Cliffs Aims for Asia in $5B Iron Ore Deal

NEW YORK (TheStreet) -- Cliffs Natural Resources (CLF), the iron ore miner, gladdened investors with its plan to acquire a Canadian rival for nearly $5 billion, expanding its mining assets amid a boom in the market for industrial raw materials.

Cliffs announced the all-cash takeover of Consolidated Thompson after the market close Tuesday. Wednesday morning, shares of the Cleveland-based miner bounced sharply, touching $89.92 at one point shortly after the open, a new 52-week high. The stock was trading recently at $87.69, up 3.2%, on heavy volume.
 Consolidated Thompson

Cliffs said the purchase will be "modestly accretive" and that it could achieve $75 million in synergies. Consolidated Thompson, which owns iron ore mines in northern Quebec, not far from assets controlled by Cliffs, has plans to double its production capacity to 16 million metric tons per year by 2012.

Thompson gives the North American-focused Cliffs greater exposure to the lucrative seaborne iron ore trade with Asia and, in particular, China, home to the world's largest steel industry.

Thompson, which started commercial production at its main mine, called Bloom Lake, only last year, sells most of its ore to Chinese steelmakers and traders via the spot market, where iron ore generally fetches higher prices than Cliffs does in North America. Consolidated Thompson's largest shareholder, in fact, is also one of its largest customers: the Chinese steel giant Wuhan Iron & Steel, which owns 19% of the company.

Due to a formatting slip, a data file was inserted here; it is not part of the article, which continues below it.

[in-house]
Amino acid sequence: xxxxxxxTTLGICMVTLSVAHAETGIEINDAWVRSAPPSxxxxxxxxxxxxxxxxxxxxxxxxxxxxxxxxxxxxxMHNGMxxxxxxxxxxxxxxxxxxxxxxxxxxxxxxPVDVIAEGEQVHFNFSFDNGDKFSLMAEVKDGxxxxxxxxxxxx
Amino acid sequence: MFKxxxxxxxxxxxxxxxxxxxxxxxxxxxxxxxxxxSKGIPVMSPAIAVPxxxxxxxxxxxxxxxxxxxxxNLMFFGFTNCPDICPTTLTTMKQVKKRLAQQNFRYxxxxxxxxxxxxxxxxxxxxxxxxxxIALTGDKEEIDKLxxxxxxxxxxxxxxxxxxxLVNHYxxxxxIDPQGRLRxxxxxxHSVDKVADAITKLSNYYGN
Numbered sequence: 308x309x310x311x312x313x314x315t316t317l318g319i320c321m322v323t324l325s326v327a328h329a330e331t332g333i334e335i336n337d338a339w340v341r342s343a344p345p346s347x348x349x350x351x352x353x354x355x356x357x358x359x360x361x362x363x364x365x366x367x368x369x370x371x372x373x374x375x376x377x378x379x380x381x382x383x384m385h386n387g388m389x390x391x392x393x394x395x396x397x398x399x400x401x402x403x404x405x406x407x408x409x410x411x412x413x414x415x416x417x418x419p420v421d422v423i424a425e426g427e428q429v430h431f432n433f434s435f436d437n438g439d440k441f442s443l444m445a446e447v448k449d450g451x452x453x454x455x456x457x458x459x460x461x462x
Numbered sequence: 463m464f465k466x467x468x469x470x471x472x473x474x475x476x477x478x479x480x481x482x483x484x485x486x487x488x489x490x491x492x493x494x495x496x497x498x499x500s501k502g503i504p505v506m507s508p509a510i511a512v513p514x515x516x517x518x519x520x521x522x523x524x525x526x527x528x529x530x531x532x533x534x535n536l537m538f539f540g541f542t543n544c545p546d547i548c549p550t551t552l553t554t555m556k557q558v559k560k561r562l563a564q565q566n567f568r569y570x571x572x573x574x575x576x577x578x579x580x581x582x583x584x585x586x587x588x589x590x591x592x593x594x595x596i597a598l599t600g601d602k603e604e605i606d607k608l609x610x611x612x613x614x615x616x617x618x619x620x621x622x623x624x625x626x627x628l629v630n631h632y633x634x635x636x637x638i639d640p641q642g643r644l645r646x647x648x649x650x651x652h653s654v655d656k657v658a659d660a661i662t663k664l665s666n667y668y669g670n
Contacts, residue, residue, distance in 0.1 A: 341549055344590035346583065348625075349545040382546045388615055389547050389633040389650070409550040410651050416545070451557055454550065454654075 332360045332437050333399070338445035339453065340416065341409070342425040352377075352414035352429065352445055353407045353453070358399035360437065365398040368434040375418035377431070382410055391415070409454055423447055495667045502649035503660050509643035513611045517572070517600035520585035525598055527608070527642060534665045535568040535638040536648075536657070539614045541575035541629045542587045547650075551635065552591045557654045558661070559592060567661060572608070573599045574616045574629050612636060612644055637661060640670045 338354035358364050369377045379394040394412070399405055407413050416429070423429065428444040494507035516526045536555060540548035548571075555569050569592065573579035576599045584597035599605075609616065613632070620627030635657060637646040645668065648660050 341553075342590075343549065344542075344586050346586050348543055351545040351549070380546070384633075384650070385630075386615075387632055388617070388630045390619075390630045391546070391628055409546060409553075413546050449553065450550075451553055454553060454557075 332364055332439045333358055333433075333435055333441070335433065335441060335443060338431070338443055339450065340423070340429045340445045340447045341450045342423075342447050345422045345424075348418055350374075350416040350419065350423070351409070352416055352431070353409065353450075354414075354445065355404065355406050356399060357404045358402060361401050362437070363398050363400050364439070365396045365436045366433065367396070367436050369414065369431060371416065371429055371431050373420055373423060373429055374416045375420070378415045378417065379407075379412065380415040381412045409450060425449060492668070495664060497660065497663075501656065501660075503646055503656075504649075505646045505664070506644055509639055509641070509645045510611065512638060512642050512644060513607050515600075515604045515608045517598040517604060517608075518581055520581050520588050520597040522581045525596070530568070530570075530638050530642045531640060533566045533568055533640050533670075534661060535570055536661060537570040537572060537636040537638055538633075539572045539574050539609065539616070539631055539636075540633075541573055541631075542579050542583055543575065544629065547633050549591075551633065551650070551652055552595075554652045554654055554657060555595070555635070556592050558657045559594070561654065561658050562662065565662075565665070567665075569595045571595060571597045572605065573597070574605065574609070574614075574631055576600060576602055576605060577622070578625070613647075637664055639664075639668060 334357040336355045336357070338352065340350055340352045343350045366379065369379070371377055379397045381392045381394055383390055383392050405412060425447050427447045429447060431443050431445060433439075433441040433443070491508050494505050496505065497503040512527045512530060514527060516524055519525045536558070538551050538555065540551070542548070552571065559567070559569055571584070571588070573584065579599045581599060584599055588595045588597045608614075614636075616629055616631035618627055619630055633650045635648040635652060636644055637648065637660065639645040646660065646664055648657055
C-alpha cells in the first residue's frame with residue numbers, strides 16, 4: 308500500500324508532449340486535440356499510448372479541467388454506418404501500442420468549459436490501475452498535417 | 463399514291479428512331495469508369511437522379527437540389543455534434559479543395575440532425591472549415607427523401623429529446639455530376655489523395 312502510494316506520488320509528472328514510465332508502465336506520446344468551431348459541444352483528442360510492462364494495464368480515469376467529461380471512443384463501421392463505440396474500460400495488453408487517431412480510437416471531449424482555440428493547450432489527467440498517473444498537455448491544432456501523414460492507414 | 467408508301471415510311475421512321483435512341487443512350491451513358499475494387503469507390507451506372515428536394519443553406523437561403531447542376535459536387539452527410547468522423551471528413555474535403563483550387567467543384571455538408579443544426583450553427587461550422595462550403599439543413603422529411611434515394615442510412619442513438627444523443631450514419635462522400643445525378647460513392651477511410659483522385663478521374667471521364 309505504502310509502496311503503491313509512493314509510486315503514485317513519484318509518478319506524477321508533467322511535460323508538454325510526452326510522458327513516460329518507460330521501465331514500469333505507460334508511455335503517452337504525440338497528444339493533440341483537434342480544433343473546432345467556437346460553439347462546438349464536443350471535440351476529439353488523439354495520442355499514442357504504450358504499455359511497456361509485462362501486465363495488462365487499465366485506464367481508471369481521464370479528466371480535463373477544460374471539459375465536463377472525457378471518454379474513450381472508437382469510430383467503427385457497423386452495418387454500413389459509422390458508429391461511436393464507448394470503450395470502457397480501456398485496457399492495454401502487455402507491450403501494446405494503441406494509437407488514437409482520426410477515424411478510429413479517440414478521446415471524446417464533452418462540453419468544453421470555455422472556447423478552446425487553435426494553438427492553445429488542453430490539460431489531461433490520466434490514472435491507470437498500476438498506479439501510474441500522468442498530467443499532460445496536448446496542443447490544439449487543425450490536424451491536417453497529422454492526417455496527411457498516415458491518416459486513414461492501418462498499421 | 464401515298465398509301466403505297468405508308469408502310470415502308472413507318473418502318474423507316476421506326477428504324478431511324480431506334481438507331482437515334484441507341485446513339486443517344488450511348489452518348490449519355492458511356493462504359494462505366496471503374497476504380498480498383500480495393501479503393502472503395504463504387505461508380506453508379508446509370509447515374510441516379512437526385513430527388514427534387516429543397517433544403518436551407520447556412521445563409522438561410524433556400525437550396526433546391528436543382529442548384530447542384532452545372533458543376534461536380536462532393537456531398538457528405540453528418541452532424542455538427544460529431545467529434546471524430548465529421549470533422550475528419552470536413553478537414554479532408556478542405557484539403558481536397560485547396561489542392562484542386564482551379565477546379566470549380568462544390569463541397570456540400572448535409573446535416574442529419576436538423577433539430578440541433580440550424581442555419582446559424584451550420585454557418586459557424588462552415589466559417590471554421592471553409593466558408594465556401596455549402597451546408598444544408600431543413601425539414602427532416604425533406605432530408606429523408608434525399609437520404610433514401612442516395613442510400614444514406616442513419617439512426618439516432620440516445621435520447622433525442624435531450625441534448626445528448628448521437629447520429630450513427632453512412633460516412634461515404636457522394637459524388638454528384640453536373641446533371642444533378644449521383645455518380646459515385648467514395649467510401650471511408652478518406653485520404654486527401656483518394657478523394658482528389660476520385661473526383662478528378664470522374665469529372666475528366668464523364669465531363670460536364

Analysts viewed the deal favorably. "This acquisition may transform CLF into a solid global iron ore producer, and helps move the needle back to the Company's center of gravity," wrote Mark Parr, metals and mining analyst at KeyBanc Capital Markets, in a Wednesday morning note to clients.

In recent years, Cliffs has attempted to diversify its portfolio of assets by expanding into chrome and low-grade coal used both for power production and as a coking coal in the steelmaking process, Parr said.

Cliff noted that its strategy now is to get its hands into that profitable Asian trade -- or, as the company worded it, "to build scale by owning expandable and exportable steelmaking raw material assets serving international markets."

Parr expects Consolidated to add $1 to $1.20 per share to Cliffs' bottom line for the full year 2011. Wall Street on average is calling for Cliffs to earn $9.67 a share in 2011.

Anthony Rizutto, who covers metals and mining stocks for the investment firm Dahlman Rose in New York, was also bullish on the deal. He said Consolidated could add as much as $1.50 to Cliffs' EPS in 2012.

-- Written by Scott Eden in New York

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